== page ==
The thing is about being invited over is when I am the company I always feel like I’m putting the other person out, and I am so grateful and blessed by the sacrifices that I know went into that interaction, specifically cleaning up and preparing food- I end up feeling like I am imposing, and so overwhelmed by generosity I could just weep! This happened last summer- friends I’ve known since Highschool, Eric and Bea (and their six lovely kids) had us over to their house- and I was so happy to reconnect with them, and see how they ‘live in a shoe’ as their house is even smaller than mine! Eric had constructed an awesome umbrellaed area outside to grill and deep fry food- keeping heat out of the kitchen and allowing socializing while cooking- ingenious! And Bea was chill just talking with us on the front porch while all our kids were running around the yard. She and Eric are an example of Wabi Sabi hospitality- they weren’t stressed out about our nine extra people coming over- they were just ready to spend time with us. Now— Eric must have put in some extra time with those wings- because they were insanely delicious- but we had so much fun. And I was inspired, not only to host again but to enjoy the whole process as these folks do.
There are still a few months of cold to look forward to, don’t you worry! So I plan on trying out some of the techniques in this book, creating spaces in my home that are easy to sit in and relax- not too much clutter, just cozy and simple furnishings that cause you to chill. And also very easy food- this book is full of super delicious food that really isn’t difficult. Here are some examples of the many recipes found inside: Baked Apples, Fancy Toast, Wholesome Bowl, and Pumpkin Pizza! YUMMMMMM! There are several recipes that are characteristic of each place the author visits as she takes us through Japan, Denmark, California, France, and Italy. I really like this aspect of the book because I WILL ONE DAY TRAVEL! It’s interesting to hear about the little tidbits from each place, like this from Denmark:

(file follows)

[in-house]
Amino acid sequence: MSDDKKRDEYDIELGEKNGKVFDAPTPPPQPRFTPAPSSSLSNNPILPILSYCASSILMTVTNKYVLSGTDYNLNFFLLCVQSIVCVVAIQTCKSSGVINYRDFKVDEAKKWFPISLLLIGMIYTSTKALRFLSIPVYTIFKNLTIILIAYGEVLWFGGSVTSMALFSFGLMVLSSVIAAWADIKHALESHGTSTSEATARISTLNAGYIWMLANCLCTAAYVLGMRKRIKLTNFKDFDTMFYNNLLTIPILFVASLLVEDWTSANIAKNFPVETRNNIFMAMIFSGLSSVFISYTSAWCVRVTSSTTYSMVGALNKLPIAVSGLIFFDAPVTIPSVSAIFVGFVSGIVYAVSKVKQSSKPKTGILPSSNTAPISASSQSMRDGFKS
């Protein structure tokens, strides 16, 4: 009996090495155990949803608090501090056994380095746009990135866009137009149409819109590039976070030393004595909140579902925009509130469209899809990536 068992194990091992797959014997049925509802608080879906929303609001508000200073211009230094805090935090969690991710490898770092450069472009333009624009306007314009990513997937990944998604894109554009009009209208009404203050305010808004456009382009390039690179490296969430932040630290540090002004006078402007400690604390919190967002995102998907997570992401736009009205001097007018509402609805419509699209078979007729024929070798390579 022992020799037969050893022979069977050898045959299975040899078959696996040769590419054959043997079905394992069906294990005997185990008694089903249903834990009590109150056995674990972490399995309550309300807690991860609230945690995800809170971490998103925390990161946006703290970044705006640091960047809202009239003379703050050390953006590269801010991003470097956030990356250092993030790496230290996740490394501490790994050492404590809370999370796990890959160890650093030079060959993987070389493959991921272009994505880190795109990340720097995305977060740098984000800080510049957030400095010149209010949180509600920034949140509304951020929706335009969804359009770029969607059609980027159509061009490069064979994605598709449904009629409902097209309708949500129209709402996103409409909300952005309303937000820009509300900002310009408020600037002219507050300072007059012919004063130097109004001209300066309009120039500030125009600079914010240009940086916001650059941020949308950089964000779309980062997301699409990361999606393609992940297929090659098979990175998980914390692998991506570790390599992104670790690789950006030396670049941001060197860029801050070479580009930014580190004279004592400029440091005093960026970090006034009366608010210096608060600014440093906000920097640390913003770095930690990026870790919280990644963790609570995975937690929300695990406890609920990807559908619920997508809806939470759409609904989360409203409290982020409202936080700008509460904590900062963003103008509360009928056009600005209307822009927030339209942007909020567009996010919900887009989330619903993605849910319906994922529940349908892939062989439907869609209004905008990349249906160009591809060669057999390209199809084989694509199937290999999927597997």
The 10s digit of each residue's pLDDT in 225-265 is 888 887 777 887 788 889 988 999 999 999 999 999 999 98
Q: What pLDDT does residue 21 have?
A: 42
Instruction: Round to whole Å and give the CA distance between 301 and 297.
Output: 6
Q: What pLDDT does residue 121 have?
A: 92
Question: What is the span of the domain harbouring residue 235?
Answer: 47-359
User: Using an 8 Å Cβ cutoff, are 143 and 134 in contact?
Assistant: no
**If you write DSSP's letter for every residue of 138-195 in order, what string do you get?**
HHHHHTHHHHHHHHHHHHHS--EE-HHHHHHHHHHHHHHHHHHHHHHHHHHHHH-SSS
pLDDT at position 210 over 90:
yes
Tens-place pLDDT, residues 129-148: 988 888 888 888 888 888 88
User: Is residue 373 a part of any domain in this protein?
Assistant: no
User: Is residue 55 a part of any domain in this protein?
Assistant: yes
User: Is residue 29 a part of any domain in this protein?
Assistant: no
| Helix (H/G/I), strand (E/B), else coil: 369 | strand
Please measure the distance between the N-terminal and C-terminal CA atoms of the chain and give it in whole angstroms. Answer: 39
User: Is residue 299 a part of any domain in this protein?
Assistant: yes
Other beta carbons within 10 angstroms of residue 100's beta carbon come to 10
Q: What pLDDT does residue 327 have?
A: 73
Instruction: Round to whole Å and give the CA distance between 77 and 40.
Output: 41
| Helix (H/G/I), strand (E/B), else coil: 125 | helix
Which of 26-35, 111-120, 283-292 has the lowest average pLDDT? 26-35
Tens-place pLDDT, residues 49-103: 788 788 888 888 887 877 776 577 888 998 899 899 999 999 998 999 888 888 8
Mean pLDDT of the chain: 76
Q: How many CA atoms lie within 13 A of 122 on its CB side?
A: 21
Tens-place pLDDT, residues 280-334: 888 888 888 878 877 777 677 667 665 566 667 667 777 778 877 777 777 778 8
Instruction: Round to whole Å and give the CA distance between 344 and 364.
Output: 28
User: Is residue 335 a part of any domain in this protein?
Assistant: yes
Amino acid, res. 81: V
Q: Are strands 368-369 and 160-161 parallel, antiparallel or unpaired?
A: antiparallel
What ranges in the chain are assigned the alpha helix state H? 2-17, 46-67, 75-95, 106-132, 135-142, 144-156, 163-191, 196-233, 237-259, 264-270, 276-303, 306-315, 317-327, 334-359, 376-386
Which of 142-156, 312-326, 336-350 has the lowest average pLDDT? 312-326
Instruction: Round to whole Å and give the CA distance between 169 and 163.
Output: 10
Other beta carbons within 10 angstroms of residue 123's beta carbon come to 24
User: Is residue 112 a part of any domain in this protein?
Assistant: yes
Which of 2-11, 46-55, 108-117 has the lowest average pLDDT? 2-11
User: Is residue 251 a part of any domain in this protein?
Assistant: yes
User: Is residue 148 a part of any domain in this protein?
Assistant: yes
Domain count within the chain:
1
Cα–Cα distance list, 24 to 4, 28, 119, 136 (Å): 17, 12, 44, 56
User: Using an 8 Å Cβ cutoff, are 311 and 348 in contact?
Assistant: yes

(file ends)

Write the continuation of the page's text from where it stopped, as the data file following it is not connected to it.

“Commit to Coffee Breaks- Drinking coffee with friends is nearly sacred in Denmark-it might even be considered the equivalent of the tea ceremony in Japan. Both rituals celebrate being present in the moment and stepping away from anything else for that period of time. Scandinavians in general regularly take time for warm drinks and treats, usually favoring something much slower and more social than caffeine to go. While the Danish don’t assign a proper name to it (in Sweden it’s referred to as fika), breaking from work or Saturday chores to enjoy a cup of coffee with a friend is seen as a priority rather than a luxury.” p.78
A really really beautiful book that is well worth the indulgence.
Annnnnnnnd, speaking of food- beginning next week my family and I are starting a weekly video of our cooking celebrations, just in time for LENT! It’s called Friday Foodies, I hope you pop in and see what we’ll be cooking on those infamous meatless Fridays! yipee!
I had the opportunity to hear the beautiful Dr. Gianna Emmanuela Molla- daughter of Saint Gianna-speak at Father Gabriel Richard Highschool the other night, at an I.d. 9:16 Special Presentation. I am still glowing from the inspiration I received from her beautiful testimony. I have to be honest, when I first heard the story of Saint Gianna, I was confronted with my own selfish response to the question: if I were a mother who was expecting a baby and found out that I had a cancerous tumor growing alongside my baby, would I be willing to lose my own life for the sake of my unborn child? Even if it meant leaving three young children and the love of my life- in order to give life to this wee baby? I surely do not know. I am so stuck in my human mindset- a child needs it’s mother, and a husband needs his wife, certainly! I was so moved by Gianna’s message because I wasn’t expecting to learn so much from her.
Here is what I learned:
If you wish to help support the community that Gianna Emanuella represents, she is on a mission to turn her childhood home into a shrine with perpetual adoration. For this she needs funds to restore the home and make the place accessible for all to visit and be touched by this modern saints life and story.
I hope you are also inspired by this Everyday Saint- and that you and your loved ones are drawn deeper into the vortex of love that this faithful woman points to. Please share with me your favorite Saint! And even better- I issue you this challenge: what are you doing right now to help YOU become a saint?